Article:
Sunday, June 1, 2014
The Wedding of River Song
So Series Six comes to an end with The Wedding of River Song. Most of the threads left lying throughout the rest of the series are twisted together so that we can finally see how the Doctor escapes his fixed point in time death in Utah. Unless this is the final episode of Doctor Who ever. Except obviously it isn't. So he's clearly got to escape.
Initially we think it is River's refusal to actual kill the Doctor that saves him. Except her decision to not go through with it causes time to collapse. Everything is happening on Earth at the same time. There are Romans waiting at traffic lights, steam trains running through the Gherkin (for reasons I'm unsure of) and Churchill - who is the Holy Roman Emperor natch - knows about downloads. The Doctor needs to die. Then you start to think that Amy and River have come up with a cunning plan to save him but in the end the Doctor saves himself. He's been thinking ahead. Hurrah.
Of course the Doctor doesn't die. I had theories about the Flesh Doctor being the get out - and I'm sure a line was thrown into The Almost People as a deliberate Red Herring (although I could be wrong) - but in the end the Doctor comes up with another solution.
It's nicely written. I like the fact that the first part of the story is made up of the Doctor trying to avoid his fate and investigating why the Silence want him dead. It's only when when the Doctor is told of the Brigadier's death (in a short but rather sweet little tribute to Nicholas Courtney) makes him realize that time is catching up with him.
This is all done rather nicely through flashbacks as the Doctor tries to explain what is happening to Churchill. It's when we realize that the Silence are here already that things slip into the 'present'. It's all rather timey-wimey.*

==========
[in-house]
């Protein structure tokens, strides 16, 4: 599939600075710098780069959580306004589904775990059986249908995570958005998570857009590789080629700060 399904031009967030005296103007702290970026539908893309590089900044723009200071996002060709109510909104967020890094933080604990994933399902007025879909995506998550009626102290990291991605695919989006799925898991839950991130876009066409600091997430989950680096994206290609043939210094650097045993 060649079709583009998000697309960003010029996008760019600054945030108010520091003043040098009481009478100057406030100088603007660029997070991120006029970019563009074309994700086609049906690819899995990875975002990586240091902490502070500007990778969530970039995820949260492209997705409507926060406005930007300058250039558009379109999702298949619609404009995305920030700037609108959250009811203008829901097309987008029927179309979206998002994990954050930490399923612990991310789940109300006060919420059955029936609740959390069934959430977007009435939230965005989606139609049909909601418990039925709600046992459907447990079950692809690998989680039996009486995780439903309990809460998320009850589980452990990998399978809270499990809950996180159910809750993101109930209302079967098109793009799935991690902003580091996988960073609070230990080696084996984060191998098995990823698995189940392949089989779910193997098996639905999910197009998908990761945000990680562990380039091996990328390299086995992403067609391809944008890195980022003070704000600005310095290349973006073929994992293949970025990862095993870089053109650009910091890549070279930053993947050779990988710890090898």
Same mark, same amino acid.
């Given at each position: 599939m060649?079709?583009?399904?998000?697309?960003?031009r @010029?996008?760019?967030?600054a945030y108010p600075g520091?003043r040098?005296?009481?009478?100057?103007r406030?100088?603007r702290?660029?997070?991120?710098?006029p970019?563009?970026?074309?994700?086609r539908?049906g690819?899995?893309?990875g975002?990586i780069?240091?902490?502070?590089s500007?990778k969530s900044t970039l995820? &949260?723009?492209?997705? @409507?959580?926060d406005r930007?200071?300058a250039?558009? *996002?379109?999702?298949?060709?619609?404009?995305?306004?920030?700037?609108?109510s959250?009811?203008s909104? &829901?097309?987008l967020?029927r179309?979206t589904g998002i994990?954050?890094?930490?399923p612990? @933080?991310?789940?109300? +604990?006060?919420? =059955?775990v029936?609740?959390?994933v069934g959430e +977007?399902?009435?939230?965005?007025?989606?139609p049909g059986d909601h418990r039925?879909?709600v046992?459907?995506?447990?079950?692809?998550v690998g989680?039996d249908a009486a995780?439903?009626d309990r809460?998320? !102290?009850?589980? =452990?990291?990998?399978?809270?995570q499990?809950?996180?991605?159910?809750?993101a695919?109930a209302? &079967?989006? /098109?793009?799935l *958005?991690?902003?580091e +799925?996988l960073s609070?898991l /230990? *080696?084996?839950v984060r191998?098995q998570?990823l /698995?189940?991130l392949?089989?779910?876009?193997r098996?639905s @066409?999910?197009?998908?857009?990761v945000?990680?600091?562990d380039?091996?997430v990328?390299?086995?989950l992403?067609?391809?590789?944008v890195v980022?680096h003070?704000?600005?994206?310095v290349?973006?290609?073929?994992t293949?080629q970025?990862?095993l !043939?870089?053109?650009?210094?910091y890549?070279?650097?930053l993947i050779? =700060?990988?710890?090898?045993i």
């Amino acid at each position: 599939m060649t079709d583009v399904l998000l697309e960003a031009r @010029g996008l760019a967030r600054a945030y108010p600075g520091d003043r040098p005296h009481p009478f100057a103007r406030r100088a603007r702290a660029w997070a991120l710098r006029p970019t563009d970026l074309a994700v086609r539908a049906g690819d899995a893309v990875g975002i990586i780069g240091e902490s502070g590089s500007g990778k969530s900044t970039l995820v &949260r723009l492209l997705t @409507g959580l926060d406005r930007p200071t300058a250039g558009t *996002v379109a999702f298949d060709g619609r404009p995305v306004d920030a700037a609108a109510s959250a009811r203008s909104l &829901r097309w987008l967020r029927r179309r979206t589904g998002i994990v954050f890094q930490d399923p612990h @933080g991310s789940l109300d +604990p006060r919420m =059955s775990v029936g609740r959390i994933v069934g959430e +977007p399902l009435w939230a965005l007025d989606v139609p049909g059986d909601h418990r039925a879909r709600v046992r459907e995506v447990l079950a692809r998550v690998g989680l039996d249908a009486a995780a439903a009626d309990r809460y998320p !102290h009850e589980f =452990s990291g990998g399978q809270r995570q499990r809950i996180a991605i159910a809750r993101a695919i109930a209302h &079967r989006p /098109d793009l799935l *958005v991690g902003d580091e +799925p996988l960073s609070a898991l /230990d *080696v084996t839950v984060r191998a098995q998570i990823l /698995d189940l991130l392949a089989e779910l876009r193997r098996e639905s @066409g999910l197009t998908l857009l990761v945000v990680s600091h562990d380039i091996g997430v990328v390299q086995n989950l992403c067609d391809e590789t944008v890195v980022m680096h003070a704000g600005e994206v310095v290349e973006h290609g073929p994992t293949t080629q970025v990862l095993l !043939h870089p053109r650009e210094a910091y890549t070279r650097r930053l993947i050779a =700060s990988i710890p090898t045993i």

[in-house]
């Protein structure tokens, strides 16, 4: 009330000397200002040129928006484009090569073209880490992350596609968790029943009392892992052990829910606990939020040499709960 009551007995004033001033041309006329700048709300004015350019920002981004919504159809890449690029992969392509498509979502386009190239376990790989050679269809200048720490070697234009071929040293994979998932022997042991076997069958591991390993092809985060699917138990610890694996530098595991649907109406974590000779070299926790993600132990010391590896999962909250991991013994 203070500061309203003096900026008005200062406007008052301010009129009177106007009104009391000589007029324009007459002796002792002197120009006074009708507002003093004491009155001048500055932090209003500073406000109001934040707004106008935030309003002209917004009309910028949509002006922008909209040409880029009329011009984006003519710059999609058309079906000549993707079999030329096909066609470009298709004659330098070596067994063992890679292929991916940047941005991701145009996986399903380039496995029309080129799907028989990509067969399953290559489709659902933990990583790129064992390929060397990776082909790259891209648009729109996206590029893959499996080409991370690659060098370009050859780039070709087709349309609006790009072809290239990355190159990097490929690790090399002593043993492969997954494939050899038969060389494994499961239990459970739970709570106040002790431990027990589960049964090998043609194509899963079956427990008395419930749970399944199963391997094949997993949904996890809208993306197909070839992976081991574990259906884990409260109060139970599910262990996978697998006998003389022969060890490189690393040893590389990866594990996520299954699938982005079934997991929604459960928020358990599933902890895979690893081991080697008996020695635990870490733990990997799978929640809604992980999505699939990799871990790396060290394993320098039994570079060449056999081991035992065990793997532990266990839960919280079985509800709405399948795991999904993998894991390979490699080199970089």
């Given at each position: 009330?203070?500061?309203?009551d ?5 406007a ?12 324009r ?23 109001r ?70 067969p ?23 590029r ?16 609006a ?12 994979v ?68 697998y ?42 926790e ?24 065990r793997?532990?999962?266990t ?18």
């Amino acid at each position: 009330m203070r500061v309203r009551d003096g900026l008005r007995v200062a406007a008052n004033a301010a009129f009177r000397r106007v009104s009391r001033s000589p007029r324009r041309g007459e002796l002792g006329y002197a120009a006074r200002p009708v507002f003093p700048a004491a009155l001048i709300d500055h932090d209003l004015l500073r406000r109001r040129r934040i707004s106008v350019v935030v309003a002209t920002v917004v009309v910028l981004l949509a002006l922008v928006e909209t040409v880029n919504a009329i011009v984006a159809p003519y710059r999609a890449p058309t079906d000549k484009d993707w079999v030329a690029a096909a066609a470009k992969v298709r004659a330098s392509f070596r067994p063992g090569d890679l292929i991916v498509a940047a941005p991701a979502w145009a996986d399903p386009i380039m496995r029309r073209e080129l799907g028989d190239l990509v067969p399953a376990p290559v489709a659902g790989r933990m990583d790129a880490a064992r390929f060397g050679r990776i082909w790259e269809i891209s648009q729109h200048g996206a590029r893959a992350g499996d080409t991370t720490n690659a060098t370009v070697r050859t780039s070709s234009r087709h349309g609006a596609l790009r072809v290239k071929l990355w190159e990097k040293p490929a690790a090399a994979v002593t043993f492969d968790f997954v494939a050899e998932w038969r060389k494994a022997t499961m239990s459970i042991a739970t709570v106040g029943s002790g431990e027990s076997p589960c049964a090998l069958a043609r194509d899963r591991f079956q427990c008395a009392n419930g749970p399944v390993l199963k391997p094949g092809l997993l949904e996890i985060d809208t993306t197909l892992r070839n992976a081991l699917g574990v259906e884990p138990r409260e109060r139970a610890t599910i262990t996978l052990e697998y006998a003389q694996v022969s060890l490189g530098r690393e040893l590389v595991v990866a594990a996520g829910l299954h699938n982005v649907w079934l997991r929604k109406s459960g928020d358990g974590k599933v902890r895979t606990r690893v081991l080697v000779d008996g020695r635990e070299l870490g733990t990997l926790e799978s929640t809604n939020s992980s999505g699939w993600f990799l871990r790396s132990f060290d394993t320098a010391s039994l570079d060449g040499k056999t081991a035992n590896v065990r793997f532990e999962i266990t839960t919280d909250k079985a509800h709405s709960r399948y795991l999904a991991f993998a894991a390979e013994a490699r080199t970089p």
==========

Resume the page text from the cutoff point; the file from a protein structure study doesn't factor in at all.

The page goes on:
Fast forward to the end via the re-introduction of Amy, Rory and River plus Madam Kovarian and the Silence.
The re-introduction of Amy is nicely done a little misdirection here and a nice little bit in the train between her and the Doctor.
Then there's some fun in a pyramid. A battle. Amy does something rather unpleasant to Madam Kovarian. It's actually a rather good moment. It would almost seem uncharacteristic of Amy if she wasn't given a couple of sentences which nicely explains her quiet anger. I quite like it. It seems a real response to an impossible situation. Rory gets to show his courage and general Roryness.
Then River Song gets to explain their plan to which the Doctor's response is rather short and cold. Then River Song gets married. And everything is re-set. The Doctor dies. Then we get a coda explaining how he doesn't. Or didn't. The Doctor's taking a step back out of the limelight. He's got too big. The combination of the shocks he's gone through since A Good Man Goes To War have led to this moment. Perhaps he's hoping his apparent death will hold off his final moments on Trenzelore.
So with all this explanation of the plot I'm clearly avoiding actually talking about what I think of the episode. It's a delaying tactic because whilst it's all very clever and exiting I found myself feeling a bit unbothered by the end of it. It's all clever-clever. It's well-acted and the actual wedding moment is nicely done but it feels unusually lacking an emotional centre. For me.
Perhaps that's just me. After a run of stories about love and sacrifice this one just feels a bit like it is missing something at its centre. Is it because this is the first of those story where intellectual overwhelms the emotional. There's so many threads to tie up, so much to deal with and so many questions to be answered that the heart of the story seems to be missing.
Who knew I'd ever criticize a new Doctor Who story for lacking emotional oomph but it just never clicked for me. It does the job of wrapping up the season though whilst leaving us one or two unanswered questions to take us through to the end of the Eleventh Doctor's era.
So actually I like it quite a lot even with my concerns. Good, but no cigar. As Churchill never said.